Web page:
What happens to tchotchkes when they are no longer favored? With the few that I’ve decided to keep and the items chosen from the family estate, I have placed them in unexpected and odd locations. Hopefully I have avoided the bric-a-brac look that is so commonly associated with antique malls and held in huge disdain by interior designers. But I’m pretty sure that things will be continually shifted, and that I will never be satisfied with their placement. That’s just the way I am. Always insecure with the decisions made the day before.
Isabelle Scurry Chapman in the lobby. Birds of Lint adorn a corner of the lobby. Displayed against bright red walls, they have a lot to compete with. But they manage to hold their own as part of the Beasts and Bunnies exhibit at The McKinney Avenue Contemporary (The MAC).
Chapman’s artist statement. These birds are made from recycled materials and things I find in living. This project is about being present… to my life, the birds that I see, the materials that float through my visual field, and my response to them. Birds in my work represent spirit, soul, a part of me that is connected to all living things. “Hope is the thing with feathers that perches in the soul” (Emily Dickinson) are words that seem to fit what I am looking for as I weave laundry lint, sticks, seeds, bits of nature, thread, buttons, and other found objects into whimsical birds.
Call and Response, 2011. Collaborative installation detail.
Beasts and Bunnies in the main galleries. I couldn’t help but start my visit backwards and clockwise. The suggested path was to start in the large gallery and work my way around counter clockwise. But with all the tick-tocks, whirling, shadows, and landscape features, the collaborative installation in the square gallery was begging me to wander through it first before moving on to the larger gallery. This installation is an indoor winter wonderland, but with spots of bright yellow, and the sound of creature activity, I could feel that spring was being promised. Since it’s impossible for me to capture the complete experience with photos and words, I strongly suggest you visit the show physically at The MAC. But first, read on. I have more to offer about this show.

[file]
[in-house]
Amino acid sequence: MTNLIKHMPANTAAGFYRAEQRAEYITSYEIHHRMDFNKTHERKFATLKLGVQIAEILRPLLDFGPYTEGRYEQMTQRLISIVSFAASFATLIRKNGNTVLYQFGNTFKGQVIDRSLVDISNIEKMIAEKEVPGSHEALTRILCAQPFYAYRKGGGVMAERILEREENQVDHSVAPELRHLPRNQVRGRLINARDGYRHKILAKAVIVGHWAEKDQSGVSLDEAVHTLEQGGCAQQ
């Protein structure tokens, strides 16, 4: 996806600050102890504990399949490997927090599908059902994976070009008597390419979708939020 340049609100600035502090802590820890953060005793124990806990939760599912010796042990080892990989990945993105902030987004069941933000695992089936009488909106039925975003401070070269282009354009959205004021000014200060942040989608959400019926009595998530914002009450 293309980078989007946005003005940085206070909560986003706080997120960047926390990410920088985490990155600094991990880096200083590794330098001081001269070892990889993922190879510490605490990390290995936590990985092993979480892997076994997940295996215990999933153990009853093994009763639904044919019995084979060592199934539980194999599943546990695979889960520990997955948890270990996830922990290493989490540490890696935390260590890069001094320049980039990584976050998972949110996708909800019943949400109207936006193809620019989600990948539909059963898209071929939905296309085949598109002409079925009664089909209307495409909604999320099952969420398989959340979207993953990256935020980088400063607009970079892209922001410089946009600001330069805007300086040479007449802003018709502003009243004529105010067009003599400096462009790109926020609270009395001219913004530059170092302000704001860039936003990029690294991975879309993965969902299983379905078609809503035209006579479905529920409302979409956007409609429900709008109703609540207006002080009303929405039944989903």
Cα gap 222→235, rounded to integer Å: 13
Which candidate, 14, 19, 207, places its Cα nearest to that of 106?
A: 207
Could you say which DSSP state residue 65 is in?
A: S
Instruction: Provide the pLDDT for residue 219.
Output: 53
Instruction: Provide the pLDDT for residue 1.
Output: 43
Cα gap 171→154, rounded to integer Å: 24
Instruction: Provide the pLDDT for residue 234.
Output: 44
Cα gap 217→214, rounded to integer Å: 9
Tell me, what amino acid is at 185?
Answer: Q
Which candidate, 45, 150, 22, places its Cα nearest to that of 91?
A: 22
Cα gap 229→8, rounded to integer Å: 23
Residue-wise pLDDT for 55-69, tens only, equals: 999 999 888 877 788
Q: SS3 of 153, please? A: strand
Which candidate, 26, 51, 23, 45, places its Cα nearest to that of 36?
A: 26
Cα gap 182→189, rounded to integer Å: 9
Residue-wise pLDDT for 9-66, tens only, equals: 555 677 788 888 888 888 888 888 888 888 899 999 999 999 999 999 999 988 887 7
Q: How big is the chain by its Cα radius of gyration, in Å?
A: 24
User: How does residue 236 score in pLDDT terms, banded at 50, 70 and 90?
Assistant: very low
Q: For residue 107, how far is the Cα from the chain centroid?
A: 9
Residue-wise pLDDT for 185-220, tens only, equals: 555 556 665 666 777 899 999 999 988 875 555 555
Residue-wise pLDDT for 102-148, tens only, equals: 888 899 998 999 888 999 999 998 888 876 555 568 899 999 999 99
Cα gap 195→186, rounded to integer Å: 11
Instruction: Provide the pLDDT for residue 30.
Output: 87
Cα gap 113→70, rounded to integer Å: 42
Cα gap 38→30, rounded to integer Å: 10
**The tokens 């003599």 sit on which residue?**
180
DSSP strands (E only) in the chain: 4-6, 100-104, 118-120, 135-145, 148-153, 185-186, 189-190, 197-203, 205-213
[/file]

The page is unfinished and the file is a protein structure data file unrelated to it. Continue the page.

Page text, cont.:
Another unknown relation discovered in the family home. Lucy Ann Philips Sharpe was a distant relation on my paternal grandmother’s side of the family. Born in Birdville, Texas on December 25, 1852, she married Henry Laurens Sharpe on August 21, 1873 here in Dallas. She lived a long life before passing away at the age of 88 in Weatherford, Texas. But it’s her divinity that we are most interested in. As an annual Christmas tradition, she made batches of it and mailed them to her ten children. That’s right. Ten. Ten living children. So she was able to continually charm her husband, and this is why I have dressed her in pink.
I don’t recall ever having visited Birdville or Weatherford. And I certainly can’t say that I’ve ever tasted Divinity. But Lucy’s daughter Jimmie Harris sent my father this Christmas recipe after the two had connected during my father’s research on his family’s history. Buried for fifteen years in piles and piles of stuff, it is now being published for the digital world. I can’t say I plan to cook this up, but perhaps, those of you who love to experiment in the kitchen, can advise me whether this recipe promises to be tasty. But something tells me it could stand some additional fancy touches.
At The MAC (The McKinney Avenue Contemporary)
January 8 through February 12, 2011
Opening Reception with the Artists:
Saturday, January 8, 5:30–7:30 pm
Helen Altman, Frances Bagley, Celia Eberle, and Margaret Meehan in the large and square galleries. This group exhibition brings together these four artists to investigate “the animal” both literally and metaphorically. Helen Altman, Frances Bagley, Celia Eberle, and Margaret Meehan have all worked using animal imagery and share a similar sensibility. Through sculpture, painting, photography, works on paper, and video these artists each push and prod at the boundaries between nature and culture as well as the assumed distance between animal and human behavior. In addition to individual works by each artist, the exhibition will feature a collective installation titled Call and Response.